Man Who Fell Overboard From Cruise Ship Reportedly Had Special Needs
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A man who went overboard from a Carnival Cruise ship has been identified as 22-year-old Luke Renner from Georgia.
Renner went overboard on Sunday from a Carnival Fantasy cruise. He was on a group trip with nine people from the Wishes4Me foundation, which booked the five-day voyage leaving out of Mobile, Alabama, for special needs travelers.
According to the Miami Herald, Renner’s travel companions, which included three chaperones, reported him missing on board the ship. The cruise company initially couldn’t find security footage of Renner, and asked Mexican law enforcement to search the ship for him while it was at port on Monday.
On Wednesday, Carnival confirmed that Renner climbed the ship’s railing and jumped overboard into the sea. In a statement, the man’s family says they don’t blame the group he was traveling with, and they think he might have mistakenly thought he was going for a swim.
“He loved the Wishes4Me special needs community where he lived, and we were delighted when they planned this special event,” the Renner family said in a statement to the Miami Herald. “He loved cruises. Although we are devastated by his death, we are thankful he was there with people we loved and trusted, when he died. We are confident Wishes4Me watched over him with the utmost care and we do not hold them in any way responsible.”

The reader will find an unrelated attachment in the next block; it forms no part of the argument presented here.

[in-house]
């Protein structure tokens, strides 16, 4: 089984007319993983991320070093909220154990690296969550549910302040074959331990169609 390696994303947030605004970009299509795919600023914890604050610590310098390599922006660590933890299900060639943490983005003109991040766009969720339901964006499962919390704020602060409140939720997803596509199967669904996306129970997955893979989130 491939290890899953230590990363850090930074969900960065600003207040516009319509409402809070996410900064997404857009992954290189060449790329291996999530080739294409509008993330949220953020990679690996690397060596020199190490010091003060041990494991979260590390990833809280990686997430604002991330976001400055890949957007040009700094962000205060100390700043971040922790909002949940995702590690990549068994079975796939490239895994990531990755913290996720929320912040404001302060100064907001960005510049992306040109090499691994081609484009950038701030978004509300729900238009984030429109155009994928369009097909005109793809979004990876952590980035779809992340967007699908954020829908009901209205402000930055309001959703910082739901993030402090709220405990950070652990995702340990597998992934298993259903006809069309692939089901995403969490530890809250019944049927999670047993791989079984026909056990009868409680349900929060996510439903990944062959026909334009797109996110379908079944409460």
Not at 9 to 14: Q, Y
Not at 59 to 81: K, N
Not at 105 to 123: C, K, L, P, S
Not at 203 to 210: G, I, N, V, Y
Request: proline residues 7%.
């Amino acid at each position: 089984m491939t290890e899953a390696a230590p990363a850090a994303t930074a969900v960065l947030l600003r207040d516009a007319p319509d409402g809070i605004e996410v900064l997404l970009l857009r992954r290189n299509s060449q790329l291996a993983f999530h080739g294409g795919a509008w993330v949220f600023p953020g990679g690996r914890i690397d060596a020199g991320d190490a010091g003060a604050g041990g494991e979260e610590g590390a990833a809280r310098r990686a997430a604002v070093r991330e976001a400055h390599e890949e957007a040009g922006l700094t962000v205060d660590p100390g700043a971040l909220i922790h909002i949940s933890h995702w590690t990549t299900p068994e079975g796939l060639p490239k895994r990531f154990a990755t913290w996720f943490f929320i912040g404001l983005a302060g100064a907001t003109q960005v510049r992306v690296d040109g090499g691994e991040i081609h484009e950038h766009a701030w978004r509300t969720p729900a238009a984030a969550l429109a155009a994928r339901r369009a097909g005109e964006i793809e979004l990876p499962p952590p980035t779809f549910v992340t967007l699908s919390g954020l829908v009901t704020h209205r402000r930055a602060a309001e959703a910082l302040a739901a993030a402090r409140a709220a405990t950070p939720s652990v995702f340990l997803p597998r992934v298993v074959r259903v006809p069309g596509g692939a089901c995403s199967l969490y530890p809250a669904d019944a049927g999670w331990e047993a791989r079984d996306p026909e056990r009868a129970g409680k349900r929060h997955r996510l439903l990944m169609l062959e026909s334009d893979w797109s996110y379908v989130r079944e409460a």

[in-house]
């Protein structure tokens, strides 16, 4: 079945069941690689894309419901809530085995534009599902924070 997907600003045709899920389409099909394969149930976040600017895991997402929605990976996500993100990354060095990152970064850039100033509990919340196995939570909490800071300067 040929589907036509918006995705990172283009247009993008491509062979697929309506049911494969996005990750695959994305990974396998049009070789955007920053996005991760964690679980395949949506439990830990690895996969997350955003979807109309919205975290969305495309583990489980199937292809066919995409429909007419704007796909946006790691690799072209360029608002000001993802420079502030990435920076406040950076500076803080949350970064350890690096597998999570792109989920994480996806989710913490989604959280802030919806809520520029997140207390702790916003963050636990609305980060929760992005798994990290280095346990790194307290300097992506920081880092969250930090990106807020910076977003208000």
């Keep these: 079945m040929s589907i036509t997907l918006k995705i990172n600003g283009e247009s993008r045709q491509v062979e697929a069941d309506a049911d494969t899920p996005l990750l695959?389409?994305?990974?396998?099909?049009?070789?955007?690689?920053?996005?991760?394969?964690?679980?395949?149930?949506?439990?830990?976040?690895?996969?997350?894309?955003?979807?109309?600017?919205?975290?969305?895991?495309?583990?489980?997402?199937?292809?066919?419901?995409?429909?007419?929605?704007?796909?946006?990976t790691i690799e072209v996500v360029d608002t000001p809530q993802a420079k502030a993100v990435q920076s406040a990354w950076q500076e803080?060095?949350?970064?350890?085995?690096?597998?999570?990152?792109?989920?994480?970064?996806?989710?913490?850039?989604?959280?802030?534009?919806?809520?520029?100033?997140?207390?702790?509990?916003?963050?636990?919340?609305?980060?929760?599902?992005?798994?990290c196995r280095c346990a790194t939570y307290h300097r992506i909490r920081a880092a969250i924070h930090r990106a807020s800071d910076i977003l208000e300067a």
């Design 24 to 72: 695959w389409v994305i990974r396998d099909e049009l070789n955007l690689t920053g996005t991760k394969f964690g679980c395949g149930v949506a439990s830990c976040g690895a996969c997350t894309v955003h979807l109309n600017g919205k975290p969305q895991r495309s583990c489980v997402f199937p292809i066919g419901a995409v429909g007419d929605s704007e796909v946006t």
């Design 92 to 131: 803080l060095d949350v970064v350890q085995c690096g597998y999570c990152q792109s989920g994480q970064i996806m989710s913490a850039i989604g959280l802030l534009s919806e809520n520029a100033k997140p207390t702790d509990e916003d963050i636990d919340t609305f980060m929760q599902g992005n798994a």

Renner is the fourth cruise-goer to have gone overboard in the last month. The cruise industry is beginning to see increased scrutiny for the amount of overboard passengers. As one cruise industry expert told Quartz, the loose regulations behind these incidents are put into perspective when compared to tighter airline safety protocols.
“The airlines have got it absolutely right,” Michael Lloyd, a cruise safety consultant and former sea captain with 50 years of experience, told Quartz. “There is a clear chain of command that passengers follow, so safety measures are obeyed. Aircraft rarely ditch into the water and yet, the planes still carry life jackets and they still demonstrate them every time you get on a plane. That’s down to a difference in attitude towards safety and shows just how far the marine industry is still behind.”
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